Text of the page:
These subversives really don't seem to understand that a few restrictions are necessary for the sake of innovation. And progress has been made. We don't have spam since most people can't afford an email license due to the expensive patent royalties. Our computer systems all have the same operating system, user interface and applications so everyone knows how to use them, and although they crash and don't work very well, we all know the limitations and can live with them. We have no piracy of intellectual property since we rent it as we want it and have no means of storing it.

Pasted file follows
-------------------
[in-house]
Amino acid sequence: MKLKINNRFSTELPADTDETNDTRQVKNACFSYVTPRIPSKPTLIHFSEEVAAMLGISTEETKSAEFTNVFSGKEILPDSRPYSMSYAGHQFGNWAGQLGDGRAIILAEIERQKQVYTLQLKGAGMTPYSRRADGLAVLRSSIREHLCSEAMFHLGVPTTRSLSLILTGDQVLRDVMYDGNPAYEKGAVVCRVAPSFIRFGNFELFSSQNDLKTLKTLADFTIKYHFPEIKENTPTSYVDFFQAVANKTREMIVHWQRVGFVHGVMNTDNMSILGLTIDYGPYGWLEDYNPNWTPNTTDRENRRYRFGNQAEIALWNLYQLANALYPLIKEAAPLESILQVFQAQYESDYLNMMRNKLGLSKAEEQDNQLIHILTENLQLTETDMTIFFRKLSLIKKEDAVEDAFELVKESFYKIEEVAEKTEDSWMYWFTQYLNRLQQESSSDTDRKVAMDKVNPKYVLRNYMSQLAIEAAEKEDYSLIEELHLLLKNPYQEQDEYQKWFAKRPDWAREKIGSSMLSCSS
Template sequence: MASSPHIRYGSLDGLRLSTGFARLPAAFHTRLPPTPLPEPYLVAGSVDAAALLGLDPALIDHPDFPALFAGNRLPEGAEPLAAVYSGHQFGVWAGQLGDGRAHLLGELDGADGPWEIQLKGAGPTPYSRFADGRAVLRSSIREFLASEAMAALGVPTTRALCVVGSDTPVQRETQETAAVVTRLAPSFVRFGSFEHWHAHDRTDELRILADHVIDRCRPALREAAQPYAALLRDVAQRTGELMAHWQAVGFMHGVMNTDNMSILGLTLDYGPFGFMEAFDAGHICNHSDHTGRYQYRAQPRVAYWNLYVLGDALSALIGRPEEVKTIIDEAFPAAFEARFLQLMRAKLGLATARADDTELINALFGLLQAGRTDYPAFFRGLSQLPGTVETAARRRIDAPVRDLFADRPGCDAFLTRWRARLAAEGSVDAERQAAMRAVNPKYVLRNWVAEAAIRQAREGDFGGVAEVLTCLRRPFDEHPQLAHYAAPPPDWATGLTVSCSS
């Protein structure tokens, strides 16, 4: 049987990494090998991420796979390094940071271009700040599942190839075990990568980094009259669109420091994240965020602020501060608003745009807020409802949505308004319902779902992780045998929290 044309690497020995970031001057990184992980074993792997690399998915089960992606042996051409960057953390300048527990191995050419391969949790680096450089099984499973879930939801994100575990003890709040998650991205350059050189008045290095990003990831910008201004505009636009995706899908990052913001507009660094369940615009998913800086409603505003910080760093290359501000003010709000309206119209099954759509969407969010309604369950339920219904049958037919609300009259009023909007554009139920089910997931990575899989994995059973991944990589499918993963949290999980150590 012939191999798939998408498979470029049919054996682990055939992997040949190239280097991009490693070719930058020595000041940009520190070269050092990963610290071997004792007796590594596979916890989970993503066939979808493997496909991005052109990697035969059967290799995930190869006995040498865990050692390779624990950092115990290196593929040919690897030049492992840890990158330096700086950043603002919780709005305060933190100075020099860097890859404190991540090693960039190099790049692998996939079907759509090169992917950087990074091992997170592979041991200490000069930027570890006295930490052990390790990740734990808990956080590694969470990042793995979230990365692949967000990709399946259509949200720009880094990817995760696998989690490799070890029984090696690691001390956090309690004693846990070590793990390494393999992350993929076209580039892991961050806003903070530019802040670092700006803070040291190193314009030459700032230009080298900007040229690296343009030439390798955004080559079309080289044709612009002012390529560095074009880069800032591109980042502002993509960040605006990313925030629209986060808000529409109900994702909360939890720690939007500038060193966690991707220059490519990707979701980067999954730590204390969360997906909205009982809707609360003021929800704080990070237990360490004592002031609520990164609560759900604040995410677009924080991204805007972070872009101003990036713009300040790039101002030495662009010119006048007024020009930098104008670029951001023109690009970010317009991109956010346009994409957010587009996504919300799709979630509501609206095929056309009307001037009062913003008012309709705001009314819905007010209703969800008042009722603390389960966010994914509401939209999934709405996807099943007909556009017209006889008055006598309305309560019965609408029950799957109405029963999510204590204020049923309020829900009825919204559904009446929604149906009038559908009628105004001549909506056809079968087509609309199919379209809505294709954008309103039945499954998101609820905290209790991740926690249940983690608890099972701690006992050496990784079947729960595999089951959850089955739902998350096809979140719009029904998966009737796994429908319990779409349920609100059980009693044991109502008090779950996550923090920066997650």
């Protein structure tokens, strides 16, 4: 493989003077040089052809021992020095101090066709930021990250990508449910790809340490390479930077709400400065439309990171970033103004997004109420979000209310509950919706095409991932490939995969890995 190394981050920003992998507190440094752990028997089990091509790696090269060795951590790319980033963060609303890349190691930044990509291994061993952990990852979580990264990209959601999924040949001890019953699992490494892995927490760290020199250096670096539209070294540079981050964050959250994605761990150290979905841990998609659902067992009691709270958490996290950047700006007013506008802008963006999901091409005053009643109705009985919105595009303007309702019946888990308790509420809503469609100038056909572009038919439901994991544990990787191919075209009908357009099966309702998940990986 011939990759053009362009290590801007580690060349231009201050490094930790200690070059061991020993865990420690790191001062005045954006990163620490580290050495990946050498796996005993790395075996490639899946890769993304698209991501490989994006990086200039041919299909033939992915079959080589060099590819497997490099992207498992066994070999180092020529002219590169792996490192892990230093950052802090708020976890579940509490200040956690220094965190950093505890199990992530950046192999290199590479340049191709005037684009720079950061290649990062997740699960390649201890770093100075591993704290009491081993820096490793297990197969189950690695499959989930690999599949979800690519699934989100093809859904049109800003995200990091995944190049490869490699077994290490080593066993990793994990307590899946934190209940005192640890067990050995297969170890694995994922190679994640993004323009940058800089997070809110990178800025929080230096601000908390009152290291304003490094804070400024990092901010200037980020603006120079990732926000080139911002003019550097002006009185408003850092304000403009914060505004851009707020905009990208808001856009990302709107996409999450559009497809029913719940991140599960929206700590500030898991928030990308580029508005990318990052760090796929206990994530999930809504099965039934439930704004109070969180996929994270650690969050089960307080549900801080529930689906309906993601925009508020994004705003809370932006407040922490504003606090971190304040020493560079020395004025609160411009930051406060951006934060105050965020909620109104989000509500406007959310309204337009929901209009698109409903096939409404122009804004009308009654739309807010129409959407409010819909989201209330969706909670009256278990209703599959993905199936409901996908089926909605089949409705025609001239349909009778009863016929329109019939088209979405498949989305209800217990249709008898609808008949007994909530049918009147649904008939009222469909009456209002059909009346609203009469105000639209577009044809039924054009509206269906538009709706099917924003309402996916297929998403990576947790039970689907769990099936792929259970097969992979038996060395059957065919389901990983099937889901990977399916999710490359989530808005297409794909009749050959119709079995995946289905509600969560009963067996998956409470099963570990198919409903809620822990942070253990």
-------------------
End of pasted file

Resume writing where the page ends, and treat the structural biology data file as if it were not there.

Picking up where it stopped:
It was the USA that showed the world the way of course. First the Digital Millennium Copyright Act, then more and more software patents. The Japanese followed suit. The Europeans were a problem, which is only to be expected, with their anti-business un-Christian socialist tendencies. Fortunately, common sense prevailed, helped along by the good old dollar I've no doubt and they accepted both software patents and a redefinition of copyright to suit global corporations. Once the USA, Japan and Europe had uniform intellectual property laws to protect our corporations and our way of life, everyone else had to play ball or they couldn't trade. The result has been that every algorithm and computer program and every piece of music and film (after all music and film can be put into digital form and are therefore a form of software) have been patented. No more variations on Beethoven (unless you've got the patentees approval). No more amateur participation in music or film which might risk lowering standards. No more challenge to established business and business practices.